The Case for Replacing British Columbia’s Inefficient Provincial Sales Tax with a Made-in-BC VAT

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The Case for Replacing British Columbia’s Inefficient Provincial Sales Tax with a Made-in-BC VAT
  • British Columbia’s Provincial Sales Tax harms business competitiveness and investment by taxing some businesses inputs, especially machinery and equipment, distorting consumer choices by taxing most goods but relatively few consumer services, and imposing high compliance burdens on firms because of its complexity.
  • As a result of the Provincial Sales Tax, British Columbia has the highest marginal effective tax rate (METR) on all forms of investment (25.6%) in Canada.
  • Imposing taxes on machinery and equipment means less investment, lower labour productivity, slower economic growth (in part as a result of a slower adoption of new technologies) and ultimately lower wages and salaries for workers.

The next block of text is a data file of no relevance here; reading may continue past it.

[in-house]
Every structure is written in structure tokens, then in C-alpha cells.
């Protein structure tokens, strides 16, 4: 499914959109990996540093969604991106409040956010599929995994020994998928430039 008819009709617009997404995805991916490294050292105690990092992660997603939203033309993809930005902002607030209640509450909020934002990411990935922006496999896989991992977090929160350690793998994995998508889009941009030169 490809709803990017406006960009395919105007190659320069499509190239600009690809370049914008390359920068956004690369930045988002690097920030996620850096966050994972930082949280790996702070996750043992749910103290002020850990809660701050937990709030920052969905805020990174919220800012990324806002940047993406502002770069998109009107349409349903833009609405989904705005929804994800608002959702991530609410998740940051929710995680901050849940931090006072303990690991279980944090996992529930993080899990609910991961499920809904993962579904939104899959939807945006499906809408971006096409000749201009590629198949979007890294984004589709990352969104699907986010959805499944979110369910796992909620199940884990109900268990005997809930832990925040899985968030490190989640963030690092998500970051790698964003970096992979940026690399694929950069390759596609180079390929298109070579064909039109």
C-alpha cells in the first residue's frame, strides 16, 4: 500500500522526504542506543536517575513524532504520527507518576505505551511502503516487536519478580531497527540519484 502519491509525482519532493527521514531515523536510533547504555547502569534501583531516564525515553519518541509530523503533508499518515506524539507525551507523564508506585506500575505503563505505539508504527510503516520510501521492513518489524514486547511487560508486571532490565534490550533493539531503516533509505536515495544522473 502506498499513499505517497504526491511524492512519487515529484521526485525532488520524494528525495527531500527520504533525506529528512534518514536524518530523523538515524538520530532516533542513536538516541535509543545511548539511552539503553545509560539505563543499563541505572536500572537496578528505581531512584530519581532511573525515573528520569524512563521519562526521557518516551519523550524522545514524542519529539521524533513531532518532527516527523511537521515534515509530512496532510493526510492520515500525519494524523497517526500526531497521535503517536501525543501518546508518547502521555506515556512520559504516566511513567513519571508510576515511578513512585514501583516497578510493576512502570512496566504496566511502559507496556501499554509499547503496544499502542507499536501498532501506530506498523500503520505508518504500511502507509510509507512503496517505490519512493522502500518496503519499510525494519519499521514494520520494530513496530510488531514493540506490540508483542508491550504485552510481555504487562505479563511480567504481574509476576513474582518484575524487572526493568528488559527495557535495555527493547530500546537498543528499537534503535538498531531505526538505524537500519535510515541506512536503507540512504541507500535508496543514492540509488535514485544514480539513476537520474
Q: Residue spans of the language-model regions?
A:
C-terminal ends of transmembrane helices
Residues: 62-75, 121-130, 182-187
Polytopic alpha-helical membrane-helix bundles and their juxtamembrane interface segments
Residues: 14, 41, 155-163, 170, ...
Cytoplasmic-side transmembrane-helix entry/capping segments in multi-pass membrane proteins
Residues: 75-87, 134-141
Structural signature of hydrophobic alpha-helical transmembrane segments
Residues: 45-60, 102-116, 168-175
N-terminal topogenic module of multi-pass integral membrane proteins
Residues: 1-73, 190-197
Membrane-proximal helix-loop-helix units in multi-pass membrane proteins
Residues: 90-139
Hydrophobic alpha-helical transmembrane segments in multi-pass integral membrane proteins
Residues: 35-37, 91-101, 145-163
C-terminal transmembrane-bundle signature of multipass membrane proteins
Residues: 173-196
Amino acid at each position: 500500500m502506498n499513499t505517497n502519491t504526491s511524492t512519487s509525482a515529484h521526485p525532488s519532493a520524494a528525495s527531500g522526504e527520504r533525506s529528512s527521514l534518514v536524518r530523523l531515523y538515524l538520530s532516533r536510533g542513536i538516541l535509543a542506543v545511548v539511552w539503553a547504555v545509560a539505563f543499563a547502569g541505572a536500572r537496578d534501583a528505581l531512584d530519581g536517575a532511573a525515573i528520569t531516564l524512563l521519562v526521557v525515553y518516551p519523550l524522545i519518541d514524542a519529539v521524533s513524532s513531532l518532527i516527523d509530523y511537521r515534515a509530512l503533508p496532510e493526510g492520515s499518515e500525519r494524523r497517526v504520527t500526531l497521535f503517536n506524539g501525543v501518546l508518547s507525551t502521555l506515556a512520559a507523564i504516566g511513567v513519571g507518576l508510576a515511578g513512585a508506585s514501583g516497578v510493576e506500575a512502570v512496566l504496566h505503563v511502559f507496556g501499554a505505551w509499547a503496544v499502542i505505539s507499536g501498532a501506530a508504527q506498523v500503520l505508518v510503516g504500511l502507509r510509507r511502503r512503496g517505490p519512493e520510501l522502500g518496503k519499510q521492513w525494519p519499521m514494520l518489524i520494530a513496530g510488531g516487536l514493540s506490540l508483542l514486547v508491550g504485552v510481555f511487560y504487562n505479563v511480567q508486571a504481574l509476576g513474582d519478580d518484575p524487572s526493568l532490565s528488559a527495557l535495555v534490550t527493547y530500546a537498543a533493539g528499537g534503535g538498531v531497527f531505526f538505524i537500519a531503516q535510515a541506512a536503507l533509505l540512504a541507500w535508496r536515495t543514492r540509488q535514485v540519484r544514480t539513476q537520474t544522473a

• Replacing the Provincial Sales Tax with a Harmonized Sales Tax or made-in-BC Value Added Tax would reduce the taxation of business inputs, especially taxes on machinery and equipment.
  • Based on econometric estimates of the tax sensitivity of investment, eliminating the Provincial Sales Tax on machinery and equipment would increase the per-worker stock of capital by 6.5%.
  • The resulting increase in labour productivity would increase average hourly earning by between 1.1% and 2.7%, increasing annual income per worker by between $700 and $1,700.
  • When provinces, including British Columbia, switched from a Retail Sales Tax to a Harmonized Sales Tax, there were only modest overall increases in consumer prices, in part because the Harmonized Sales Tax eliminated most of the tax burden on business inputs. Reductions in income tax and enhanced sales-tax credits can shelter most households from a decline in real incomes and in the long-run livings standards can increase with faster growth in wage and salary incomes from improved business competitiveness and investment.

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